Judge puts two men from public gallery into cells after “overstepping the mark”

By Adele Forrest | 08/11/2017

Judge puts two men from public gallery into cells after “overstepping the mark”
Judge Roger Thomas

TWO disruptive men were hauled from a crown court public gallery and thrown into the cells for contempt after swearing and talking during proceedings.

Matthew Milburn and Jack Swift (17) were at Sheffield Crown Court yesterday (Tuesday) with two of their friends who pleaded guilty to burgling a newsagents.

Milburn and Swift were reprimanded by Judge Roger Thomas QC for their behaviour in the public gallery prior to the burglary hearing.

When the pair was asked to leave, one of the men could be heard swearing and Judge Thomas ordered him and his friend down from the first floor public gallery into the courtroom.

The two were then put into the dock and the judge ordered the dock officers to take them into the cells.

The surprised pair tried to resist, but the officers overpowered them and pressed the panic alarm for back-up assistance.

Milburn and Swift were held in the cells for around an hour and were brought back before the judge after barrister, Andrew Smith, had spoken to them on behalf of the judge.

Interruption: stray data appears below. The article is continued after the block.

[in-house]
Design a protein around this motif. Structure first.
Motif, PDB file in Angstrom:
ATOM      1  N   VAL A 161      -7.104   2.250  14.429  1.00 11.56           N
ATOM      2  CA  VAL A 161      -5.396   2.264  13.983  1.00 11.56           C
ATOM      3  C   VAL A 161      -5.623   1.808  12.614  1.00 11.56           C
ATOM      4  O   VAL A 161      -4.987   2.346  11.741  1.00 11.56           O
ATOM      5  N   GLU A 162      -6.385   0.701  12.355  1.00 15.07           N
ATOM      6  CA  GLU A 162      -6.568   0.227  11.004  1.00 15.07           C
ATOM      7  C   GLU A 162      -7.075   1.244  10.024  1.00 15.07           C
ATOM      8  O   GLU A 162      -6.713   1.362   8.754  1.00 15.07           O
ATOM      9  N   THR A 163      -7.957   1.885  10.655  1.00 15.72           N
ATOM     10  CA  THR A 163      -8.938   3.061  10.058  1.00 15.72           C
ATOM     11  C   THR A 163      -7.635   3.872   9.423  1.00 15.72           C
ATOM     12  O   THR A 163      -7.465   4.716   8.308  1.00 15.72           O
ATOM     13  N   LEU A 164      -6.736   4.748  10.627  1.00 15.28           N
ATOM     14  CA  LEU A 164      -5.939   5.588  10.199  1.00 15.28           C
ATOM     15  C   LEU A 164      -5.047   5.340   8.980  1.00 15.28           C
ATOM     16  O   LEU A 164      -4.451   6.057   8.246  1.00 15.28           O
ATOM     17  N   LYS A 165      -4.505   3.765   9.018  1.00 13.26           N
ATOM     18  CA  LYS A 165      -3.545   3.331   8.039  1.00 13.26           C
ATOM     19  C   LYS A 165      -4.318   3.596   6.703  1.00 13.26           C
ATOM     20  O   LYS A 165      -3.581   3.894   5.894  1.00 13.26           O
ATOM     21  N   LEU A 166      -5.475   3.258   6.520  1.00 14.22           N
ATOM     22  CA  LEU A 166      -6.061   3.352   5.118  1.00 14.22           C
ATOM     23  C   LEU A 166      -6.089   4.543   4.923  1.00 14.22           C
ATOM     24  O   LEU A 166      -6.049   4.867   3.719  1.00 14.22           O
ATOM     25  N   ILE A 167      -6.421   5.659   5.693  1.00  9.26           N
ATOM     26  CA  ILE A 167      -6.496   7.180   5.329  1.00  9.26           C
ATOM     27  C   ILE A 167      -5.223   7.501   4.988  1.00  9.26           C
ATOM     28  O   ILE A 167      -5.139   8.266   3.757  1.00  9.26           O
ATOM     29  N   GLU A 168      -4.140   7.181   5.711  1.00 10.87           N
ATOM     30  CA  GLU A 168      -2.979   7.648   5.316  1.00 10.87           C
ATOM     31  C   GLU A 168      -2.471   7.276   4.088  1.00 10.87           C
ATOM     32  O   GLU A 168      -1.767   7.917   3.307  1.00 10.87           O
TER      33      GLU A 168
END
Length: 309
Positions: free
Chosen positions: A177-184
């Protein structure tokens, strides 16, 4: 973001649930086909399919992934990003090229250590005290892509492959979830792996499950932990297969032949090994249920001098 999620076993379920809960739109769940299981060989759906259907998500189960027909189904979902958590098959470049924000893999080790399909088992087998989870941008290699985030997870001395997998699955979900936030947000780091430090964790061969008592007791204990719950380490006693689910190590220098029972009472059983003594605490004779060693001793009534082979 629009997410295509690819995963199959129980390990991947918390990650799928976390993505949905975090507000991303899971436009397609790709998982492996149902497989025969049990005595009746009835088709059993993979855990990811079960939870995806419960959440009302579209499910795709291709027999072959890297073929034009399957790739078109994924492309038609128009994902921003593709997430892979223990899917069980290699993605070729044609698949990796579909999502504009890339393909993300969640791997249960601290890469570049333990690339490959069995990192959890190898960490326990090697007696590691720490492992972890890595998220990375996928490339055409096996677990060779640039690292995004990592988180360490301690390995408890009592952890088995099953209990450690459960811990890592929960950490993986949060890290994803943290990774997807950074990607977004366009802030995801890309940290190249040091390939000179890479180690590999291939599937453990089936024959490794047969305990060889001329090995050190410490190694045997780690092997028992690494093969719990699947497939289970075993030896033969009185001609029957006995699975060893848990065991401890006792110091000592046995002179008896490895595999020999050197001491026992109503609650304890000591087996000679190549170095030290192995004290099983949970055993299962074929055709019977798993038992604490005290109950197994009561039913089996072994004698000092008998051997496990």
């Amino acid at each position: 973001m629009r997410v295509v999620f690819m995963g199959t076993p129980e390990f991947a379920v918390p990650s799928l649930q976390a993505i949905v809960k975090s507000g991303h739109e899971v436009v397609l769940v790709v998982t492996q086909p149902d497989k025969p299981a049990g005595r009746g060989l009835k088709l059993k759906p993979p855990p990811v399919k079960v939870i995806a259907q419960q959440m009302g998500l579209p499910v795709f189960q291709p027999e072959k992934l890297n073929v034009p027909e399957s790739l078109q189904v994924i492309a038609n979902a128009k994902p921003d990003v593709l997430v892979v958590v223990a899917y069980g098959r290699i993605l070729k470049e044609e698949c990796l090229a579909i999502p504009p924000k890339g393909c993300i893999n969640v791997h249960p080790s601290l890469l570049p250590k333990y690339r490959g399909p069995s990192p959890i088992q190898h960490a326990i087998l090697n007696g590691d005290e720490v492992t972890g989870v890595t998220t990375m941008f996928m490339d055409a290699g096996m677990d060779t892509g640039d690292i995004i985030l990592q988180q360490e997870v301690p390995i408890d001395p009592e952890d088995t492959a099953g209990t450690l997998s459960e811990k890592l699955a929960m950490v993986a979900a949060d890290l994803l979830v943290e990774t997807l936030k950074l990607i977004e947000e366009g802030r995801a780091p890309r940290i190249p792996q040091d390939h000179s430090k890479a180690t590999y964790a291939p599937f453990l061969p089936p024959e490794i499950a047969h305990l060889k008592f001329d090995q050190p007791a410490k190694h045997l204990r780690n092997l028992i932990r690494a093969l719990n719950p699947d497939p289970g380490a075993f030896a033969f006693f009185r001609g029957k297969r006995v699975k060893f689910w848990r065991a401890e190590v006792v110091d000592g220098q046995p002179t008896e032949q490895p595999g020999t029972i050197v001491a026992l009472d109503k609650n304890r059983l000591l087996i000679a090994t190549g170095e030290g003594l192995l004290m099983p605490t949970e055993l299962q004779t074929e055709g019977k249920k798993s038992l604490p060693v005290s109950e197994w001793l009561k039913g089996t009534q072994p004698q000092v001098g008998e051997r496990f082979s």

Addressing the pair after their stint in the cells, Judge Thomas said: “Mr Smith said he would go down and see you and tell me what that bit of nonsense was about and to see if you would apologise?

“I am not one for standing on any great ceremony here, but when you were asked twice or thrice (to be quiet) and then you persisted and used bad language walking out of court you overstepped the mark.

“I do need to run a sensible court here in dealing with serious cases.”

Mr Smith said the men were remorseful and “understood the point”, adding: “They do understand this is a place for serious business.”

Judge Thomas released the pair without any further action, adding: “Point made and that will be the end of it.

“If you come to court it’s perfectly fine for you to be here - this is public business, it’s open justice.

"People can come along and see what’s happening – but when you do come you need to adopt a sensible approach to it.”



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